One Man, One WomanMITT ROMNEY
No matter how you feel about gay marriage, we should be able to agree that the citizens and their elected representatives must not be excluded from a decision as fundamental to society as the definition of marriage.
There are lessons from my state's experience that may help other states preserve the rightful participation of their legislatures and citizens, and avoid the confusion now facing Massachusetts.
In a decision handed down in November, a divided Supreme Judicial Court of Massachusetts detected a previously unrecognized right in our 200-year-old state constitution that permits same-sex couples to wed. I believe that 4-3 decision was wrongly decided and is deeply mistaken.
Contrary to the court's opinion, marriage is not "an evolving paradigm." It is deeply rooted in the history, culture and tradition of civil society. It predates our Constitution and our nation by millennia. The institution of marriage was not created by government and it should not be redefined by government.
Marriage is a fundamental and universal social institution. It encompasses many obligations and benefits affecting husband and wife, father and mother, son and daughter. It is the foundation of a harmonious family life. It is the basic building block of society: The development, productivity and happiness of new generations are bound inextricably to the family unit. As a result, marriage bears a real relation to the well-being, health and enduring strength of society.
Because of marriage's pivotal role, nations and states have chosen to provide unique benefits and incentives to those who choose to be married. These benefits are not given to single citizens, groups of friends, or couples of the same sex. That benefits are given to married couples and not to singles or gay couples has nothing to do with discrimination; it has everything to do with building a stable new generation and nation.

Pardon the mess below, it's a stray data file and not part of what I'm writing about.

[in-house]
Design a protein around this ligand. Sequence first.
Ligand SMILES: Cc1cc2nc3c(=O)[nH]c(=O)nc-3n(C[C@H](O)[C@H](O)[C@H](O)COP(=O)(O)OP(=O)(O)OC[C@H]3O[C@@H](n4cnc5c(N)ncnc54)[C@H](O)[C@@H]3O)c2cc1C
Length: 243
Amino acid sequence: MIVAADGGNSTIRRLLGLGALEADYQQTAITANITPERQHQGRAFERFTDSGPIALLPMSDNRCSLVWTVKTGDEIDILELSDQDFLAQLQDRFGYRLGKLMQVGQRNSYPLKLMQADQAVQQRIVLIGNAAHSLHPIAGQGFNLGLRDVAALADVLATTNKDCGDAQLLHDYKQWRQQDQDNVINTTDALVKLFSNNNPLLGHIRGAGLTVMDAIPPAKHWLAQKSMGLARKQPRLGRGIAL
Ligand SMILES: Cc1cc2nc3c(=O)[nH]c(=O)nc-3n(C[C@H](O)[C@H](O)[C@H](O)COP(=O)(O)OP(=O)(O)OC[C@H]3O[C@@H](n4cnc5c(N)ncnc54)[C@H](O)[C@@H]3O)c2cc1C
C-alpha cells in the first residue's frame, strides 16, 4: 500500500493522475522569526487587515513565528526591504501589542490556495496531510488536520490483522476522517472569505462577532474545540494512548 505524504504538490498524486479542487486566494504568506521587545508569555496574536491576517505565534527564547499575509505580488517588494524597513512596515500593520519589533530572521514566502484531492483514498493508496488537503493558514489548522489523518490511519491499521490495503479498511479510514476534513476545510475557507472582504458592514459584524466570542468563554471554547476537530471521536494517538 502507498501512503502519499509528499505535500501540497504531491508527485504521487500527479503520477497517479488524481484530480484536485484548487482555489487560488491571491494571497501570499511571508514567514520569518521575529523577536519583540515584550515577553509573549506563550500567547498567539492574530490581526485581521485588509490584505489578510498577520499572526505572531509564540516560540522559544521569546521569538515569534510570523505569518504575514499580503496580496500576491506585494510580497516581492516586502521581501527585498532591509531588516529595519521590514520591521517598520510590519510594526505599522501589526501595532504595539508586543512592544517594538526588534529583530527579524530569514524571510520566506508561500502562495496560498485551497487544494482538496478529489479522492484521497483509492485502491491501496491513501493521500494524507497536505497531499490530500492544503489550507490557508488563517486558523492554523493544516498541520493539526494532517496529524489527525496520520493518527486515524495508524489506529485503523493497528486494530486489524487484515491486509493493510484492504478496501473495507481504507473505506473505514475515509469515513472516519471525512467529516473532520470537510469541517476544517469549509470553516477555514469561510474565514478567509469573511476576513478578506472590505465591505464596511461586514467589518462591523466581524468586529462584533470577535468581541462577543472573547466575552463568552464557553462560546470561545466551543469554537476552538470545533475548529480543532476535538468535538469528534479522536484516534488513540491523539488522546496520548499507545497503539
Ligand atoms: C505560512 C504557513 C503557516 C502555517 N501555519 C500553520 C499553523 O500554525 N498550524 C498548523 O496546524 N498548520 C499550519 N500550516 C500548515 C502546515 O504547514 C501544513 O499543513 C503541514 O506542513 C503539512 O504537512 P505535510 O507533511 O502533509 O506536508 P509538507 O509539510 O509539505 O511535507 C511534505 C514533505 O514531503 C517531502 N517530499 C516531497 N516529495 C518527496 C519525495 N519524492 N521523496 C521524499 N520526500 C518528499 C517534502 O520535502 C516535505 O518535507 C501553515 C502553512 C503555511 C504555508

It is important that the defense of marriage not become an attack on gays, on singles or on nontraditional couples. We must recognize the right of every citizen to live in the manner of his or her own choosing. In fact, it makes sense to ensure that essential civil rights, protection from violence and appropriate societal benefits are afforded to all citizens, be they single or combined in nontraditional relationships.
So, what to do?
People of differing views must remember that real lives and real people are deeply affected by this issue: traditional couples, gay couples and children. We should conduct our discourse with decency and respect for those with different opinions. The definition of marriage is not a matter of semantics; it will have lasting impact on society however it is ultimately resolved. This issue was seized by a one-vote majority of the Massachusetts Supreme Judicial Court. We must now act to preserve the voice of the people and the representatives they elect.
Mitt Romney. "One Man, One Woman." The Wall Street Journal (February 5, 2004).
This article reprinted with permission from Opinion Journal of The Wall Street Journal editorial page.
Mr. Romney is governor of Massachusetts.
Copyright © 2004
Wall Street Journal
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